What are your philosophical leanings?

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Escapists, I would like to know your philosophical leanings. I posted this here in the off-topic forum because I do not want to know about your Religion or Political affiliations. I want to know what ethical system you follow, what your political philosophy is (again, not conservative/liberal), who's metaphysics you like, if you follow a particular aesthetic philosophy, et cetera. I have most of a philosophy minor, and am interested in how many Escapists have studied the subject.

And yes, I do count Communist as a political philosophy as put forth in Marx's The Communist Manifesto, but only in that form.

As for myself, I am a follower of Kantian Ethics (though I have a health respect for hedonistic ethical systems. To paraphrase Bertrand Russell, hedonists have done better things for the world than deontological systems have), a Lockean/Machiavellian in the realm of political theory (that is, I prefer Machiavelli's works other than the Prince, though I hate to admit that I would use the tactics in it), I like Kantian metaphysics, though I wish that Hume had been able to sort out his problem with Necessary Connection. I have no idea about aesthetics. I asked my philosophy professor if the department had any plans to have a class on aesthetics, and he said that no one in the department had any experience in it.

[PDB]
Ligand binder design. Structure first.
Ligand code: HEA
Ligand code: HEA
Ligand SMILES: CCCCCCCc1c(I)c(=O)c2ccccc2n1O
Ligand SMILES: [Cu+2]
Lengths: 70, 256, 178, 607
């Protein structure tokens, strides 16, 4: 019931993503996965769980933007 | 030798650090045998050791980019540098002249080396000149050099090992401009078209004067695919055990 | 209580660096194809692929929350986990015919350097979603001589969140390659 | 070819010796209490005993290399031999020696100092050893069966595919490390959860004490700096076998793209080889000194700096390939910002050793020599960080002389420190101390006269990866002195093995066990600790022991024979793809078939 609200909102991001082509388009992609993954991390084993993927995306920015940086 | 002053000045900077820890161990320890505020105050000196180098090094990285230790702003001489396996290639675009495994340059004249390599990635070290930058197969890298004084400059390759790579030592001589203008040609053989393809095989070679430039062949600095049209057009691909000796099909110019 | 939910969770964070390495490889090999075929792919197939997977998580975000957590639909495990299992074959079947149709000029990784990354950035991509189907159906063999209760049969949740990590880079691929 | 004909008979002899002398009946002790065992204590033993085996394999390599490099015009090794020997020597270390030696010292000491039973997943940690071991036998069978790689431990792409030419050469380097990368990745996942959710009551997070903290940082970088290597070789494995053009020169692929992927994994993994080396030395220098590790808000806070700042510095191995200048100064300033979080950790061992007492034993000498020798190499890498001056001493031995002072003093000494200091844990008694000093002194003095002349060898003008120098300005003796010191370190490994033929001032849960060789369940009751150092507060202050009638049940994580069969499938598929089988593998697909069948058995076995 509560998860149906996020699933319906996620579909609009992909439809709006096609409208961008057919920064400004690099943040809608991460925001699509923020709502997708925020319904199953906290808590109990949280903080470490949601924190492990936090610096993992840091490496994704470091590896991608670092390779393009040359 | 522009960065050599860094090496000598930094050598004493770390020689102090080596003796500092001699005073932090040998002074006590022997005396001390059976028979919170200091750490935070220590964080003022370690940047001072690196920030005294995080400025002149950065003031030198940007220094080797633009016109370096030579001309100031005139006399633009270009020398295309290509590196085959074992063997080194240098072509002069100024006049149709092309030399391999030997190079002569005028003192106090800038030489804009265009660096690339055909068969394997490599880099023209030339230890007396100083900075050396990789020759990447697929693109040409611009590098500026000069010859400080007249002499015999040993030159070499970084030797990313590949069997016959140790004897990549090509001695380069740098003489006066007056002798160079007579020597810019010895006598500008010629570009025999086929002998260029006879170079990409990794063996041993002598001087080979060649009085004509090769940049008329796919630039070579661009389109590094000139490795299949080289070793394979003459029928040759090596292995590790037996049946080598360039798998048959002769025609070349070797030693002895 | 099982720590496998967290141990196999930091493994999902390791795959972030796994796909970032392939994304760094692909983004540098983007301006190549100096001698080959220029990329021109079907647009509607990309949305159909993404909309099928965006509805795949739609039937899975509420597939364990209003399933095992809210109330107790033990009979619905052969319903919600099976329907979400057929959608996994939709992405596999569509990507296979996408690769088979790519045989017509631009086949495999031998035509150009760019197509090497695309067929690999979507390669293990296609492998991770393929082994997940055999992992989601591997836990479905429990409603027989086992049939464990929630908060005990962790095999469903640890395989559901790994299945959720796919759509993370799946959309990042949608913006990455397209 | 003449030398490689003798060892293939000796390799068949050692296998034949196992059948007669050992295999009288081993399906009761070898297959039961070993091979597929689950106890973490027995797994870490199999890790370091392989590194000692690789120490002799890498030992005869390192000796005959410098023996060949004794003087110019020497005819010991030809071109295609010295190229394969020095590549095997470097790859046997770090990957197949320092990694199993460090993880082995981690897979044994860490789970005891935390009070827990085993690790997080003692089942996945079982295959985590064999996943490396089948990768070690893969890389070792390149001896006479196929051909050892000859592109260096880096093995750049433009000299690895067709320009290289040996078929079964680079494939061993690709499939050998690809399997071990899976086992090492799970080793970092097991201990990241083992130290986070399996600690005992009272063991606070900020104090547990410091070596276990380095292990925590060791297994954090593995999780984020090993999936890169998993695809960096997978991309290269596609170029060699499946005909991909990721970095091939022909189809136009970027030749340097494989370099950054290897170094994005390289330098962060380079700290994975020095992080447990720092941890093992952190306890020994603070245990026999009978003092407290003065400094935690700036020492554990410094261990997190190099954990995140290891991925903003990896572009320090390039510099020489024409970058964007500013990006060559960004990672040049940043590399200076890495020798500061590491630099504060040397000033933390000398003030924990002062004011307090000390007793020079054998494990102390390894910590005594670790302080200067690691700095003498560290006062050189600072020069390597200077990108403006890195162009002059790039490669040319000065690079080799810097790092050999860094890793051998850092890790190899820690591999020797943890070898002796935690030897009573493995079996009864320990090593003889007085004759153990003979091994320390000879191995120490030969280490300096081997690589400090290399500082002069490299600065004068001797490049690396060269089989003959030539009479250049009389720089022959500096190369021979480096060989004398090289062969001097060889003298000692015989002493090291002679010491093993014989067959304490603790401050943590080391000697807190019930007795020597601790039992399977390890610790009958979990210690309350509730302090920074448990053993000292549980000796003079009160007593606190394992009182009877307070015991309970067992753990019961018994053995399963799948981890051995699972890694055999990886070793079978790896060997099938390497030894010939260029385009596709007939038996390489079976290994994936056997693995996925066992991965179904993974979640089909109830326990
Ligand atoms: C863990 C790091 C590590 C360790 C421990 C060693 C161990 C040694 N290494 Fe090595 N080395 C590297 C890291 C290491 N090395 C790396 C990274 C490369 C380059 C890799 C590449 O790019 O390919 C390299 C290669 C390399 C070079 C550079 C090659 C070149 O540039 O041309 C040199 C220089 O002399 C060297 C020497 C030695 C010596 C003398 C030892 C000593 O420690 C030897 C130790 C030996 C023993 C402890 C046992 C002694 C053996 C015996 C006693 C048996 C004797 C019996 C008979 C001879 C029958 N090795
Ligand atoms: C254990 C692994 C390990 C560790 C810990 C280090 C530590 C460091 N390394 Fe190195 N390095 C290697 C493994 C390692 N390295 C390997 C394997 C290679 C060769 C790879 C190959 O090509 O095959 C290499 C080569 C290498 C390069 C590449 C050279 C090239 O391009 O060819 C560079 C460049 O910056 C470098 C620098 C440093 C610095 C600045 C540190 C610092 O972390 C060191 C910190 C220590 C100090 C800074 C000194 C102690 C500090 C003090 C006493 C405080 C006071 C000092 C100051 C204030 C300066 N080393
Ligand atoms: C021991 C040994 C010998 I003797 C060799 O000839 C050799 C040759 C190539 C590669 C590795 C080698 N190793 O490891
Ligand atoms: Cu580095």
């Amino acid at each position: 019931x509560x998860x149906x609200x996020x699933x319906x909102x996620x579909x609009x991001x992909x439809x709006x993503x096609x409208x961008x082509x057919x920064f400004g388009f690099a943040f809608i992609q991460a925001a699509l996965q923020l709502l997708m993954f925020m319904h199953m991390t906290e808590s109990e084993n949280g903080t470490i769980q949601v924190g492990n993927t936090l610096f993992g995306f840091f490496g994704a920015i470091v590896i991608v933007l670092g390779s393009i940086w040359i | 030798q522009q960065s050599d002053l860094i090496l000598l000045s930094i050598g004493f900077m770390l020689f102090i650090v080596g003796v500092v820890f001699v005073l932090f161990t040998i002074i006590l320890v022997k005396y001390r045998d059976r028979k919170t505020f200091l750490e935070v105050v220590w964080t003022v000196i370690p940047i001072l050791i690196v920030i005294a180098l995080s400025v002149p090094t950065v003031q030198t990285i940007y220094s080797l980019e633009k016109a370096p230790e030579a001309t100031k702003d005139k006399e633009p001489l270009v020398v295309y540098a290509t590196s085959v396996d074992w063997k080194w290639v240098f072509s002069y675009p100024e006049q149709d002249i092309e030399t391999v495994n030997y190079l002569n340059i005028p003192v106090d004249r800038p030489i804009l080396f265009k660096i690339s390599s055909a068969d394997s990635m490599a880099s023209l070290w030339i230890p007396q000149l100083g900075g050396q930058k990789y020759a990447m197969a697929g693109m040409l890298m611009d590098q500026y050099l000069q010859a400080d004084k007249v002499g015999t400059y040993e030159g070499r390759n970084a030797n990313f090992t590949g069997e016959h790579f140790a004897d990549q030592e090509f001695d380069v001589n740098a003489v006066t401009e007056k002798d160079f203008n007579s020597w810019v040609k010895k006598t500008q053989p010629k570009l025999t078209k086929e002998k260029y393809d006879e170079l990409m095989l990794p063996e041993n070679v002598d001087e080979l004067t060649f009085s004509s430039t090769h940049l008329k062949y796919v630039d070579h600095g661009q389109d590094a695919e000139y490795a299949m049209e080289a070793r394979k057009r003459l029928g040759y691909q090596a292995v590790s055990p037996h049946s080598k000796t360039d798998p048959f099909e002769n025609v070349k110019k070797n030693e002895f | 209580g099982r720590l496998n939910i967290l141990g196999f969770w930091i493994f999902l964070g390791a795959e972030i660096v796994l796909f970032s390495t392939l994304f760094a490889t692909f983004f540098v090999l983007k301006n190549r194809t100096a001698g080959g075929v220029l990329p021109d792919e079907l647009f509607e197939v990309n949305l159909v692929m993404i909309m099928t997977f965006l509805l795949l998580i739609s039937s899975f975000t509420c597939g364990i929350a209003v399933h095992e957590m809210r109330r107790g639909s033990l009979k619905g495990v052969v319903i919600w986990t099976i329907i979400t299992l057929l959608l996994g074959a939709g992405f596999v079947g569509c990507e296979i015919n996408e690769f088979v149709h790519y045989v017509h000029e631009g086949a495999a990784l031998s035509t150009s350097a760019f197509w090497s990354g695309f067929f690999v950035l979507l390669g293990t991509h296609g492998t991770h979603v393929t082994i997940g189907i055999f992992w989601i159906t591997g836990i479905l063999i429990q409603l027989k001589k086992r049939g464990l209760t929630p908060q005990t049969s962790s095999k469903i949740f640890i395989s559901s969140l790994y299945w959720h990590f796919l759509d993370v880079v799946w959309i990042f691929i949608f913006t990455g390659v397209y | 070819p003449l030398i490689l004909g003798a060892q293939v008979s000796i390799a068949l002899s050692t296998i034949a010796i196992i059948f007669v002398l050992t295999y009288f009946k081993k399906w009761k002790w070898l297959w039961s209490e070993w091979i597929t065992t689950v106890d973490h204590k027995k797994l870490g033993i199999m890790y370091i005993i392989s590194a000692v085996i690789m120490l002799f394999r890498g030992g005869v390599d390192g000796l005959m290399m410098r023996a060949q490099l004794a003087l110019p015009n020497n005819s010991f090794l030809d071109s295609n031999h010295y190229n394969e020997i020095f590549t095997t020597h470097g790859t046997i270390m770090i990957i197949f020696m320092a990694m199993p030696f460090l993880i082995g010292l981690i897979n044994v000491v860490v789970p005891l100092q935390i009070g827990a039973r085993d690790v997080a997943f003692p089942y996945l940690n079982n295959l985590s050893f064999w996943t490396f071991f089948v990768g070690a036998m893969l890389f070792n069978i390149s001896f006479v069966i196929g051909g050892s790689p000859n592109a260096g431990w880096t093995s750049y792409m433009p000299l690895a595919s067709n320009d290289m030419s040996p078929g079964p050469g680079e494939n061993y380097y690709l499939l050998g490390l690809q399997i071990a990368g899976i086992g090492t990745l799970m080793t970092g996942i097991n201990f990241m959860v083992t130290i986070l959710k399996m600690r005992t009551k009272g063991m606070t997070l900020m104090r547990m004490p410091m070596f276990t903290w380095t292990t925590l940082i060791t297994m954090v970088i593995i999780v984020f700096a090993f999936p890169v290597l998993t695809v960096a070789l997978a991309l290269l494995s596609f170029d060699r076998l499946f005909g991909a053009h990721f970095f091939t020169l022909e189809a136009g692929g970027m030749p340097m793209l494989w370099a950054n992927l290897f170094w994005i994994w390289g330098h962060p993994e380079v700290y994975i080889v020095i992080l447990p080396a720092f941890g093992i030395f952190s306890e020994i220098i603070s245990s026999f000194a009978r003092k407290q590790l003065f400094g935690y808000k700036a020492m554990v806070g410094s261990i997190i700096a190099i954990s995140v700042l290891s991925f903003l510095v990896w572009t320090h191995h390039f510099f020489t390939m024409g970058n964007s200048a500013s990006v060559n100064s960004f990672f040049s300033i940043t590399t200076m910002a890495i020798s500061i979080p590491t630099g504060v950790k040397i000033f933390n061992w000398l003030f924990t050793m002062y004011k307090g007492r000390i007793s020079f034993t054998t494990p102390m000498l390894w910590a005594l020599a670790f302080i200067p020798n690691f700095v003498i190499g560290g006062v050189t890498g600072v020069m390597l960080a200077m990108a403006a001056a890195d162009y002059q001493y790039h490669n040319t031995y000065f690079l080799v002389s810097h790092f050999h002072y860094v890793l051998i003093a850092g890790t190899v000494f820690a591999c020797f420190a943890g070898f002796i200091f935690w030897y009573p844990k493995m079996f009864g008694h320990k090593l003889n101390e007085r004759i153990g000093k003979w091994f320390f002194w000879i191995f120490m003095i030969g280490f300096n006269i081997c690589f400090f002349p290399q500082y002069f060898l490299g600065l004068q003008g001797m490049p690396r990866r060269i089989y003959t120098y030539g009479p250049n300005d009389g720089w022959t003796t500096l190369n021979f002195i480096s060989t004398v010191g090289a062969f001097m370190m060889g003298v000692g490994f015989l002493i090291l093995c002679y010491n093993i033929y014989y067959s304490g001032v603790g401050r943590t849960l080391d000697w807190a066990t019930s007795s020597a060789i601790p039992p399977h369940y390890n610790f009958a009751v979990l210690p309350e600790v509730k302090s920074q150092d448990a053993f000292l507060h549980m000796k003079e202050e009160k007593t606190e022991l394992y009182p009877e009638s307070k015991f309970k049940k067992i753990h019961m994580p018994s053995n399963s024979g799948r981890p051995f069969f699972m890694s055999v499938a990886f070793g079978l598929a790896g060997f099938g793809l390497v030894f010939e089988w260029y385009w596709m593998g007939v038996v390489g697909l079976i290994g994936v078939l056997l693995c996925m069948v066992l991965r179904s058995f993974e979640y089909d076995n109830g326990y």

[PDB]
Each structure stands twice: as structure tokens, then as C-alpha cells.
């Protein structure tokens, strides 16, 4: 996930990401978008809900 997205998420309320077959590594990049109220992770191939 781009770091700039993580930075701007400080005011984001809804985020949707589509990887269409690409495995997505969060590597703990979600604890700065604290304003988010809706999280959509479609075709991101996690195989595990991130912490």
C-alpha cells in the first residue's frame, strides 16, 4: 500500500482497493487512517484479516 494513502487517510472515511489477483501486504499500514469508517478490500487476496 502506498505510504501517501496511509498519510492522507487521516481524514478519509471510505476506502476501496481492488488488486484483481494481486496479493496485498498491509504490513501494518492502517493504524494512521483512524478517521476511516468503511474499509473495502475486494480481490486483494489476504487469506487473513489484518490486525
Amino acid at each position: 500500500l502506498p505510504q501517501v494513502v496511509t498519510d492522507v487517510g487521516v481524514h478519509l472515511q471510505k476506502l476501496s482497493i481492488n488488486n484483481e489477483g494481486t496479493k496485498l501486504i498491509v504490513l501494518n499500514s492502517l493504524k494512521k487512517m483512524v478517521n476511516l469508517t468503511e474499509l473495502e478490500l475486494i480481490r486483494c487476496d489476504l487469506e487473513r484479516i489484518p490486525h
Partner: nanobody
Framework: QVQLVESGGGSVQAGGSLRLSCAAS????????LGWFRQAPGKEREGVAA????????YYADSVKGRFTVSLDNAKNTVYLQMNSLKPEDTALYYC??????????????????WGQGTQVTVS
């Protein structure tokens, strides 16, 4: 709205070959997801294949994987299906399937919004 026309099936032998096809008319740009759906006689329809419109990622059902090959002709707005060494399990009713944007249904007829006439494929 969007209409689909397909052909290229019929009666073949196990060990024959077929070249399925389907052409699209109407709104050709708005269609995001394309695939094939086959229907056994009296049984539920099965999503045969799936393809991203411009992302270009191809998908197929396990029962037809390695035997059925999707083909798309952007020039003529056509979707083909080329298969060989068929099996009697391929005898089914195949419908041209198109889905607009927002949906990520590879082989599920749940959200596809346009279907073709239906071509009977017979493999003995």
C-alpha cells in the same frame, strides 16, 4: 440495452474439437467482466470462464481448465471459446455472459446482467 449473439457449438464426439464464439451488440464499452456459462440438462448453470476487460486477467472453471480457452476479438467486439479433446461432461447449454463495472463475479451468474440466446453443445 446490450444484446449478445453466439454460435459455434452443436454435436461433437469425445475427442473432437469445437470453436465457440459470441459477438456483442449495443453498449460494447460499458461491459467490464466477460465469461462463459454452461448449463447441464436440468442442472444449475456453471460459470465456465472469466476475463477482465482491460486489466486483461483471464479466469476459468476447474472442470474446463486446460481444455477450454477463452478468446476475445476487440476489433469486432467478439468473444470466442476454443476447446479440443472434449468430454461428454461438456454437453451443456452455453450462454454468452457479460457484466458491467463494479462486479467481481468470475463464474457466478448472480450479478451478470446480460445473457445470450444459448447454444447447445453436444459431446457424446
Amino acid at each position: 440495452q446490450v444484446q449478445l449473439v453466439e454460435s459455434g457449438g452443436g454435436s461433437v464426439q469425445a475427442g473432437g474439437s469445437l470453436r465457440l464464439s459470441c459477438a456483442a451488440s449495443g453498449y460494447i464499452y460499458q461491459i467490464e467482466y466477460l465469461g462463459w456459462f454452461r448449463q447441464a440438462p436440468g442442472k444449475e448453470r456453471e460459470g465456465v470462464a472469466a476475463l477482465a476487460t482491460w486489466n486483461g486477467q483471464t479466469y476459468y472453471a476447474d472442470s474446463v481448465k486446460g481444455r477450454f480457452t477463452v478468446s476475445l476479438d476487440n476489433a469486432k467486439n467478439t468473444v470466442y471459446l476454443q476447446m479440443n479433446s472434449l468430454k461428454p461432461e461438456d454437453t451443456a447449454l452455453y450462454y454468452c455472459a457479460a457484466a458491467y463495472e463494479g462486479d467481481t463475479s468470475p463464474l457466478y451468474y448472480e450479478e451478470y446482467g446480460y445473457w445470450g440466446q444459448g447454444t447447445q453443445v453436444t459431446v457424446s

Also, I suck at Formal Logic.

When it gets down to practical living, I am governed by the golden rule via Kant, and a tendency to view the world through existential eyes.

nothing is ever right

everything I know is wrong

thinking too much hurts my head

Militant Buddhist.

I believe that true happiness comes from detachment from earthly desires and possessions, and I also believe that everybody else should benefit from this belief.

I mainly use it as an excuse to rob people.

I believe in Relative Morality and as such don't align with one supreme ethical canon. There are ethical sections which I agree with which have been published, especially those which are long established regarding scientific experiment ethics.

Political philosophy? I think that the two party system is inherently flawed and that a third pillar would do the nation good (however I recognize the impossibility of that). As such, I don't align with any particular group anyway. However going more into what you're talking about, I have an extensive list of political stances which stem from the aforementioned Relative Morality. I suppose I should state a stance on at least one well known topic, so I'll say that I support Laissez Faire barring times of crisis in which I believe there are several exceptions to ordinary law.

I love Formal Logic, and am a pupil of Hofstadter, Priest, and more. It is so fascinating to me I don't understand what you don't like about it :D

As far as the metaphysical, I'm quite undecided (not certainly agnostic as many seem to think), however I will always be a fan of Aristotles' Metaphysics (an essay which I'm sure a philosophy major such as yourself has seen by now).

Kantian ethics are extremely flawed in my opinion. They generalize far too much and often miss the context of the situation. Of course you'll probably understand why I say then when I tell you I'm more aligned to Nietzsche's views that most philosophers.